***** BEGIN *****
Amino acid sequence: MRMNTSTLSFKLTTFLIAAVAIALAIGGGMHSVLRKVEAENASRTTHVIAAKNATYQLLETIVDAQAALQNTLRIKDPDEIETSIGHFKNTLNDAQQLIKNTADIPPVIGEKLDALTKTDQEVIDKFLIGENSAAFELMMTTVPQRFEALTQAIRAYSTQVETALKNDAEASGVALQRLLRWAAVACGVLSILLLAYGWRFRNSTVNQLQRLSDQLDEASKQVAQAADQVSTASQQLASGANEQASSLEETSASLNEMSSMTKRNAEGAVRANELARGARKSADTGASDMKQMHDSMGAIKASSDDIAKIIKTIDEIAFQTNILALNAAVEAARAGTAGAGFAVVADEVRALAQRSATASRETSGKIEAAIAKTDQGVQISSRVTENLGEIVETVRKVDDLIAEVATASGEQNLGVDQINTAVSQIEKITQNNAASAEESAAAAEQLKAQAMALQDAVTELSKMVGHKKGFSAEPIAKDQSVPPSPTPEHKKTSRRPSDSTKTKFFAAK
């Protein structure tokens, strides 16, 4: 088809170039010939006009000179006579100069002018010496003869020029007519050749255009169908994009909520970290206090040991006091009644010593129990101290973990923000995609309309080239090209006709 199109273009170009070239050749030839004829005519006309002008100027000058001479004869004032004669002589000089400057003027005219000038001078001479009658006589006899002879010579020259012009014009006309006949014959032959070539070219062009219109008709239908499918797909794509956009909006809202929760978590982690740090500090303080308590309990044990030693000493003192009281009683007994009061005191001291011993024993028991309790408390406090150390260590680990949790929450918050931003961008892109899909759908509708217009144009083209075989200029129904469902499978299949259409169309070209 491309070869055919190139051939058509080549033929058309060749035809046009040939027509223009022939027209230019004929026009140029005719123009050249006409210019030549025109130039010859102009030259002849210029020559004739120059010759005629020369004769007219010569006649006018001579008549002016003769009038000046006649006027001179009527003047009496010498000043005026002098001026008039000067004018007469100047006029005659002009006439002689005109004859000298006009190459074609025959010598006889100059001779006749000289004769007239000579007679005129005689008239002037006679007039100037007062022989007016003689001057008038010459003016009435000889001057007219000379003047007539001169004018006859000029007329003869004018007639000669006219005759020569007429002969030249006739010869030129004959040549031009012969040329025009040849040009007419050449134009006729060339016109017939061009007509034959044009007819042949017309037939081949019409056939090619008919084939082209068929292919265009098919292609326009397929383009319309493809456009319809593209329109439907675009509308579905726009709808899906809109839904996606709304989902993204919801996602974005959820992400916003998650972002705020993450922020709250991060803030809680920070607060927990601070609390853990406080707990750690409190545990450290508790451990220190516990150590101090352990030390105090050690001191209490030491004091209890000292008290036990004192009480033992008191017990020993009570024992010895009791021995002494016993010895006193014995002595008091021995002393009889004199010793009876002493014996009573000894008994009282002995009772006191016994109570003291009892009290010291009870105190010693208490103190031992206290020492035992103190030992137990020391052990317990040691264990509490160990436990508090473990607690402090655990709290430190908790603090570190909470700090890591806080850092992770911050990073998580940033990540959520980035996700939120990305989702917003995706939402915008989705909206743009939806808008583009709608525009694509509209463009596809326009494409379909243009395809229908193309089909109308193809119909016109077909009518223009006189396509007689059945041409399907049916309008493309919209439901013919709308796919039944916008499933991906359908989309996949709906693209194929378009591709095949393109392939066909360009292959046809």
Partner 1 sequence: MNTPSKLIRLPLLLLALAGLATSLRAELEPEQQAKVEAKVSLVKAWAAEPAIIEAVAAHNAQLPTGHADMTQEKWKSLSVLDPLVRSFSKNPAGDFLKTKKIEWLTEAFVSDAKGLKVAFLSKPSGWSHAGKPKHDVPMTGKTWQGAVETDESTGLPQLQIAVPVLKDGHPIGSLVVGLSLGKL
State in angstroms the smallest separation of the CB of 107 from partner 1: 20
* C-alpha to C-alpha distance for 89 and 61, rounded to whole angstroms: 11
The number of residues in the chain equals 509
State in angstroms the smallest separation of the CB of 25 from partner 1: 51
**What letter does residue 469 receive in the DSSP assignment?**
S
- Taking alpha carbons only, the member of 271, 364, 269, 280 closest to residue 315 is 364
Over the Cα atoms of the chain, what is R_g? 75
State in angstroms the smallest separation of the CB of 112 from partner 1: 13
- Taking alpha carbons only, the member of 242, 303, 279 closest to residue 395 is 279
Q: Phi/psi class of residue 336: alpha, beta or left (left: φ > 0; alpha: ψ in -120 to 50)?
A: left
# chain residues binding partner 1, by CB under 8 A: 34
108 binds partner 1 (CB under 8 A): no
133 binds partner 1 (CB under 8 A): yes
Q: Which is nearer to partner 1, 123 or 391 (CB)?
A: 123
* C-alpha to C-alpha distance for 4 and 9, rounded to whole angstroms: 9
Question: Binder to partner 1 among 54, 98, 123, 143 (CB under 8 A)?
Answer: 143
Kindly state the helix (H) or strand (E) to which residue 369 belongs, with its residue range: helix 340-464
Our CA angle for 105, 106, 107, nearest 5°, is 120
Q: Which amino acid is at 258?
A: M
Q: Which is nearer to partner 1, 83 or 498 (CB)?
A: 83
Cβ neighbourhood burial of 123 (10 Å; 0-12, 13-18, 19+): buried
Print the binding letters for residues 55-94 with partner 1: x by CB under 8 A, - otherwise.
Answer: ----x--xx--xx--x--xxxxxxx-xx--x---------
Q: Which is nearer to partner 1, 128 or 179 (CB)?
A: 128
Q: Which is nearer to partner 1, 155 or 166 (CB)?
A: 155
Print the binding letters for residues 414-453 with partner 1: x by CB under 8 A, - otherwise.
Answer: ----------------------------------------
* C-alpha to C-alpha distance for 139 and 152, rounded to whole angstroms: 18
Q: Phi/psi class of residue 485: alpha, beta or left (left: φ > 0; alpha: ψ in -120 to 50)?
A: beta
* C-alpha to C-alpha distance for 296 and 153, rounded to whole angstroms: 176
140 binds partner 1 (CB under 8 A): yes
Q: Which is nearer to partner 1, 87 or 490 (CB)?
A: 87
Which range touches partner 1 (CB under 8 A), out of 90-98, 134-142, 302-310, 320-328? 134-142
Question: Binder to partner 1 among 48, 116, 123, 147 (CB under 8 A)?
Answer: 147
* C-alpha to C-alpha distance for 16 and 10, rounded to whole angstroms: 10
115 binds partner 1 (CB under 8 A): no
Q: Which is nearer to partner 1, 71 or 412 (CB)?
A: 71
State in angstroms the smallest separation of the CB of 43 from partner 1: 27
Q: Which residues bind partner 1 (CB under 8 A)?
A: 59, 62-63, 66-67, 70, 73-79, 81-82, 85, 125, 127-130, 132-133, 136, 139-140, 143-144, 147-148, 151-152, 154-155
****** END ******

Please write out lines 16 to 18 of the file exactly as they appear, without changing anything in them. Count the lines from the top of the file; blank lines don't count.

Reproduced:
# chain residues binding partner 1, by CB under 8 A: 34
108 binds partner 1 (CB under 8 A): no
133 binds partner 1 (CB under 8 A): yes